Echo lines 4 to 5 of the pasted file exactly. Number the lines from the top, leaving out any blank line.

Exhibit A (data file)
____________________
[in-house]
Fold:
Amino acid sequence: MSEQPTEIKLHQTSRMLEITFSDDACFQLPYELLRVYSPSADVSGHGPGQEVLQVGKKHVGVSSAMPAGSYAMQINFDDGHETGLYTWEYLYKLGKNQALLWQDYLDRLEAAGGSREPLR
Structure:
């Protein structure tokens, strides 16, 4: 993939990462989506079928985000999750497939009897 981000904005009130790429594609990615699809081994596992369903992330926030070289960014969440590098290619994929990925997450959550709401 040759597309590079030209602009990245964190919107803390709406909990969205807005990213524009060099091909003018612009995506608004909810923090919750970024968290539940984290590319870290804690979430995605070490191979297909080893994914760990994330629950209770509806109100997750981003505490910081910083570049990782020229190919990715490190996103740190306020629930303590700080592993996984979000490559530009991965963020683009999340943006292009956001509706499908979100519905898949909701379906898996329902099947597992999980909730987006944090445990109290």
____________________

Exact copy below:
Structure:
């Protein structure tokens, strides 16, 4: 993939990462989506079928985000999750497939009897 981000904005009130790429594609990615699809081994596992369903992330926030070289960014969440590098290619994929990925997450959550709401 040759597309590079030209602009990245964190919107803390709406909990969205807005990213524009060099091909003018612009995506608004909810923090919750970024968290539940984290590319870290804690979430995605070490191979297909080893994914760990994330629950209770509806109100997750981003505490910081910083570049990782020229190919990715490190996103740190306020629930303590700080592993996984979000490559530009991965963020683009999340943006292009956001509706499908979100519905898949909701379906898996329902099947597992999980909730987006944090445990109290």